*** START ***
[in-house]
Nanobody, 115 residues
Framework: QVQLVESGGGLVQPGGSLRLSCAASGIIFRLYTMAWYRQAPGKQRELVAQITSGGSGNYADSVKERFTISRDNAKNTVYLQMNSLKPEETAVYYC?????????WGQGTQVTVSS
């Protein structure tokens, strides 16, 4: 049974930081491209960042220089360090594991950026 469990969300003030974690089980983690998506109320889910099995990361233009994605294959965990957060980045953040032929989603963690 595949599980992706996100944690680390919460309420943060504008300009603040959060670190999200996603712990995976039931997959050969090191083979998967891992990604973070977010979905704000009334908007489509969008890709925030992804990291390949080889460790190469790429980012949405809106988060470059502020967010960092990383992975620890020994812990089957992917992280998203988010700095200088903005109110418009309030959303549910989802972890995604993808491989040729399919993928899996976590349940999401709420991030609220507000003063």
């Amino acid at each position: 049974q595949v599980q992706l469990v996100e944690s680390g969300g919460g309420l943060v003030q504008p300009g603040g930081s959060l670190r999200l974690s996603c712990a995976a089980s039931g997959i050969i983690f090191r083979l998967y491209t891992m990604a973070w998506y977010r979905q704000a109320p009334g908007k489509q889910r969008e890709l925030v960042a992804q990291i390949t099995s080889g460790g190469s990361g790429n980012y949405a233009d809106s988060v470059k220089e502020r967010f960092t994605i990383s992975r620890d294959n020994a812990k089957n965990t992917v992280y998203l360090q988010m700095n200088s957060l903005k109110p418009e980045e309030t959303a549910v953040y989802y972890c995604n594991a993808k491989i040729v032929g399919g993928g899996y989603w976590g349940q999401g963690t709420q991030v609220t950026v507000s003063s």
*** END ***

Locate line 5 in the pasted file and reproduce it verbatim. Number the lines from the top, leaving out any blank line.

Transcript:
């Amino acid at each position: 049974q595949v599980q992706l469990v996100e944690s680390g969300g919460g309420l943060v003030q504008p300009g603040g930081s959060l670190r999200l974690s996603c712990a995976a089980s039931g997959i050969i983690f090191r083979l998967y491209t891992m990604a973070w998506y977010r979905q704000a109320p009334g908007k489509q889910r969008e890709l925030v960042a992804q990291i390949t099995s080889g460790g190469s990361g790429n980012y949405a233009d809106s988060v470059k220089e502020r967010f960092t994605i990383s992975r620890d294959n020994a812990k089957n965990t992917v992280y998203l360090q988010m700095n200088s957060l903005k109110p418009e980045e309030t959303a549910v953040y989802y972890c995604n594991a993808k491989i040729v032929g399919g993928g899996y989603w976590g349940q999401g963690t709420q991030v609220t950026v507000s003063s």